After working through a separate example introducing the hypothesis testing framework, the next assignment requires students to compute and return the values of ( x-bar - 135 )/( s / sqrt(n) ) and ( x-bar - 120 )/( s / sqrt(n) ) associated with their respective samples. The first statistic is appropriate for testing the null hypothesis H0: mu = 135 versus either a one-sided or two-sided alternative, while the second statistic is appropriate for testing the null hypothesis H0: mu = 120, versus either a one-sided or two-sided alternative. At this point, I relate that we typically wouldn’t draw a single sample for the purpose of testing a variety of null hypotheses. For convenience and clarity, we are first going to pretend we drew the sample for the purpose of testing H0: mu = 135, and then separately pretend we drew the sample for the purpose of testing H0: mu = 120. As by now the class is well aware that the true mean is mu = 135, (I persistently remind them that in practice they wouldn’t know that), we are able to observe the behavior of the test statistics when the null hypothesis is true, as opposed to when the null hypothesis is false.

In order to generate an observable number of Type I errors, we first test H0: mu = 135 at significance level alpha = 0.10. We start out with a one-tailed test (Ha: mu > 135), and a show of hands demonstrates that approximately 10% of the class “drew” samples resulting in ( x-bar - 135 )/( s / sqrt(n) ) > 1.318, thus rejecting H0 when in fact H0 is true. (These students are humorously chided for “committing” a Type I error, although the point is again made that the test result is directly a function of which 25 houses they “randomly drew” for the study.)

Repeating the one-tailed test at alpha = 0.0005, (critical t-value = 3.745 with df = 24) none of the students’ samples result in Type I error, yet I point that in a (much) larger class, we would expect to see about 0.05% of the students draw samples resulting in a Type I error. I also note that we control the value of alpha used, and for the moment the students are convinced that a small alpha is generally superior to a larger alpha.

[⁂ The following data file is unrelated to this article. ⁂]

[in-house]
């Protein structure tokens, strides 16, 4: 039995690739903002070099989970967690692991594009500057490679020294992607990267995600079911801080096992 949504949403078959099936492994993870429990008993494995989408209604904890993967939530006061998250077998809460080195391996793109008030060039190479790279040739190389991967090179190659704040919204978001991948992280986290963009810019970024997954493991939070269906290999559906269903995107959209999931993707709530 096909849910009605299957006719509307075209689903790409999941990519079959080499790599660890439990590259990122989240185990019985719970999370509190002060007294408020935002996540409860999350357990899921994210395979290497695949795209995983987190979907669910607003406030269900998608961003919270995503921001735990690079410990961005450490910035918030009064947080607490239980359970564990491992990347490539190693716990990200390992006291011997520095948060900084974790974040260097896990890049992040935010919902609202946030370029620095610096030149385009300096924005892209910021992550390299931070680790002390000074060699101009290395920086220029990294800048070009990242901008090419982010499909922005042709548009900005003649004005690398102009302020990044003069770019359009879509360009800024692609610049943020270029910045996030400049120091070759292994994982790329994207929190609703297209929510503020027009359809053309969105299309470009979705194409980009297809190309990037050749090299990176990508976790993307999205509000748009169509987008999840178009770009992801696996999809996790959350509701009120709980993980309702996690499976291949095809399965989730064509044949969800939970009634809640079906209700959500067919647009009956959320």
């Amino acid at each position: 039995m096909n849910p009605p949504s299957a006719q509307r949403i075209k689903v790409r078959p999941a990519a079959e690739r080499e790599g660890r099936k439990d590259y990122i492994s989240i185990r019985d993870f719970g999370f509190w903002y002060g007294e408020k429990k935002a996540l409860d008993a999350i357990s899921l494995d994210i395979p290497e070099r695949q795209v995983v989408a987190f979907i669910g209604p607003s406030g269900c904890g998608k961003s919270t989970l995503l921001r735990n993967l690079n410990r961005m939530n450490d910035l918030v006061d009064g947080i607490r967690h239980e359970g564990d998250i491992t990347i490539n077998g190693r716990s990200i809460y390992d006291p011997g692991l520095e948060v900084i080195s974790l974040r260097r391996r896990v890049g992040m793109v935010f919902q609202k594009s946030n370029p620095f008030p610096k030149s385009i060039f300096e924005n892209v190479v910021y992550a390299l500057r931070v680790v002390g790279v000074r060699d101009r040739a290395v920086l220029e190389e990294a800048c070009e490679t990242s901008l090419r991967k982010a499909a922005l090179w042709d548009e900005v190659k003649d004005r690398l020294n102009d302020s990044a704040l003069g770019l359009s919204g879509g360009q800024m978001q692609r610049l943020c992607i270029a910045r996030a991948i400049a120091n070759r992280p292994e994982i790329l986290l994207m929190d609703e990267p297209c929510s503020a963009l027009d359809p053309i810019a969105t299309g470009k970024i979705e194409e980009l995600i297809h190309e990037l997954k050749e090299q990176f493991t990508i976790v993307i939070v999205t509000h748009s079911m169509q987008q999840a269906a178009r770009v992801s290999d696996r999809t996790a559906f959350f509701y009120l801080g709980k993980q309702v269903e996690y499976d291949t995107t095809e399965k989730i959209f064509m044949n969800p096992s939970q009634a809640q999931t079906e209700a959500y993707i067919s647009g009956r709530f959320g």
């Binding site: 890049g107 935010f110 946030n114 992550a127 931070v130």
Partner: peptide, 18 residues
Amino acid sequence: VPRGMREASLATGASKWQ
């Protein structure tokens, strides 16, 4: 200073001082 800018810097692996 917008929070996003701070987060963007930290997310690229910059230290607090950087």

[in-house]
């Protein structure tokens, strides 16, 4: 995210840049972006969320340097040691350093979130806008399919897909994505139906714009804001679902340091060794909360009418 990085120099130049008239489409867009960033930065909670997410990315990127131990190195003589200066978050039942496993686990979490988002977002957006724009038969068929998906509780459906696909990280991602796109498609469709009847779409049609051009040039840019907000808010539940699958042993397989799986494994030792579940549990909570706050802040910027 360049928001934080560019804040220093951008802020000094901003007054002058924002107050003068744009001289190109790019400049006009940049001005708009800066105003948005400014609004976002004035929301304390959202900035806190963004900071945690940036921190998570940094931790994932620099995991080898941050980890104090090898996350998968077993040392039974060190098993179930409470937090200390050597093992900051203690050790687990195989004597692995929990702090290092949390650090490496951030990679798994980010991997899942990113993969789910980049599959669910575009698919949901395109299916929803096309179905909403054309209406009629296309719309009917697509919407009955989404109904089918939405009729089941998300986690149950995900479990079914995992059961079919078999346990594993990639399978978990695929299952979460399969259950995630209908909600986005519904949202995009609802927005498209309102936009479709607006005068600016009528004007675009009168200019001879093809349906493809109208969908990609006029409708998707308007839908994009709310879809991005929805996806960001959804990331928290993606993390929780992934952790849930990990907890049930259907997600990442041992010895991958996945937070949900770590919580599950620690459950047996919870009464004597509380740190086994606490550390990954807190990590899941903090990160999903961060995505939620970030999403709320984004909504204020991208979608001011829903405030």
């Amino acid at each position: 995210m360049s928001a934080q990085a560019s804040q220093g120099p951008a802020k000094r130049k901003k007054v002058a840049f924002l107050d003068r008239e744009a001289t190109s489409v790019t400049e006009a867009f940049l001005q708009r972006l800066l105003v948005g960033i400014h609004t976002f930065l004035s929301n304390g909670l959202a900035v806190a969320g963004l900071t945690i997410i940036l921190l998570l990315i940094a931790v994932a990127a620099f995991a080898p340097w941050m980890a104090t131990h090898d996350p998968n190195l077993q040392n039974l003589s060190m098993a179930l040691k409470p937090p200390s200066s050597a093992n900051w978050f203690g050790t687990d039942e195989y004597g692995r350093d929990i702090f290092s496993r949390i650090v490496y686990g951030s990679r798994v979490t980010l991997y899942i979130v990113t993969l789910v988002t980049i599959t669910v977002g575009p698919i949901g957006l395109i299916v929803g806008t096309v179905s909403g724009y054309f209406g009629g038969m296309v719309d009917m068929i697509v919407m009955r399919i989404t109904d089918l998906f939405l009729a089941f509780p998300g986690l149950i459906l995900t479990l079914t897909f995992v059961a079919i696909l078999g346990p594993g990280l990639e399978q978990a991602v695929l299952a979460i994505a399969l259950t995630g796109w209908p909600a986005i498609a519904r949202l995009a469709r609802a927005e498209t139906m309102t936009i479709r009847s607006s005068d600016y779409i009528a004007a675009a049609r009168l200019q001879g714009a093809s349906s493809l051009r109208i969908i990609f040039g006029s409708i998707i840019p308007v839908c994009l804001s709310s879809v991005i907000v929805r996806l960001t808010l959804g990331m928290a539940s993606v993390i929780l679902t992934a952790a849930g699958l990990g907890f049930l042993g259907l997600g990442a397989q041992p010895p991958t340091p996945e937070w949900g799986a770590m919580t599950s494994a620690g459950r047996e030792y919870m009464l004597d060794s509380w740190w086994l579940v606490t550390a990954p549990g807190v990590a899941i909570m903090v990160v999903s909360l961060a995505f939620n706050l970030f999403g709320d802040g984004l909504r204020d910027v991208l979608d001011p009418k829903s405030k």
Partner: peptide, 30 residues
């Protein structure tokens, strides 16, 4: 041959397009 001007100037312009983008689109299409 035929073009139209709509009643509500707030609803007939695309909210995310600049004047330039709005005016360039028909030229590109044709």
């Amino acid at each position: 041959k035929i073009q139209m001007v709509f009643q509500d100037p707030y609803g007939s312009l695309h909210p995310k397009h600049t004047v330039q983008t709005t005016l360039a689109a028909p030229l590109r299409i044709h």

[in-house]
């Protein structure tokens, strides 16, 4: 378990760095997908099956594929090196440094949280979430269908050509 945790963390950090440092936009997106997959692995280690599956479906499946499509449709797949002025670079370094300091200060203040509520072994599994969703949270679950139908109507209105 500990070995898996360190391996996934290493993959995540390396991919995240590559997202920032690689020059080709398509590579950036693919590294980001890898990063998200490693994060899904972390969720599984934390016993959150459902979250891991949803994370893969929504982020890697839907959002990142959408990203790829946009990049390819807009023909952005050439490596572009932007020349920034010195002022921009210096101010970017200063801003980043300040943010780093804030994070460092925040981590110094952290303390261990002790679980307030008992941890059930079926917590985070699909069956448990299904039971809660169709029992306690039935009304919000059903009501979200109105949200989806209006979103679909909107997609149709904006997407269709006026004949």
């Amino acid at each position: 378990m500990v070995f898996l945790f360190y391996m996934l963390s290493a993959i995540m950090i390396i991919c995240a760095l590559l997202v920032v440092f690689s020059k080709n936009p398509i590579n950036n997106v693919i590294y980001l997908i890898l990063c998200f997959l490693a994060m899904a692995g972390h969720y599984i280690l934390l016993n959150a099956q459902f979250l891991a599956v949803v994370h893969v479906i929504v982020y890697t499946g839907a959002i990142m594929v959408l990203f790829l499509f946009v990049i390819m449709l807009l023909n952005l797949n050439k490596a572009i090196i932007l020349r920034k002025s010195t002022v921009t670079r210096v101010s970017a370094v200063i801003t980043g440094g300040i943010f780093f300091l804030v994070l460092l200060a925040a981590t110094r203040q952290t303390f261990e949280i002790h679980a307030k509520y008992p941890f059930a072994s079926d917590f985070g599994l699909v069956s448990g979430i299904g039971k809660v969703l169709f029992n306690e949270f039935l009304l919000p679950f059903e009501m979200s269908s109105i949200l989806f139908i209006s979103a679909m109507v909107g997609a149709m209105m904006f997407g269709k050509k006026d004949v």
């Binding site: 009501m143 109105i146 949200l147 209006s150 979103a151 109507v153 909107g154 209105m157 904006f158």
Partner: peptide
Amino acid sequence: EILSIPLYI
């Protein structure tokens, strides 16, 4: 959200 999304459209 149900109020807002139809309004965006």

We then turn to the alternate scenario, pretending we drew the sample for the purpose of “proving” mu > 120, thus attempting to reject the null hypothesis H0: mu = 120 with a one-sided rejection region. For the data generated, approximately 98% of the students are able to reject H0 at the alpha = 0.10 significance level ( x-bar - 120 )/( s / sqrt(n) ) > 1.318. About 2% of the students’ samples result in a Type II error in this case. A review of Figures 1 and 2, depicting histograms of both test statistics plotted against the t24 density function, is especially compelling here.

Figure 2

Figure 2. Histogram of 144 students’ test statistics ( x-bar - 120 )/( s / sqrt(n) ), where x-bar is the mean of n = 25 observations, pseudo-randomly generated from the normal distribution with mean mu = 135 and standard deviation sigma = 20. Histogram is plotted against the t distribution with n - 1 = 24 degrees of freedom. Figure demonstrates the behavior of the test statistic when H0: mu = 120 is false.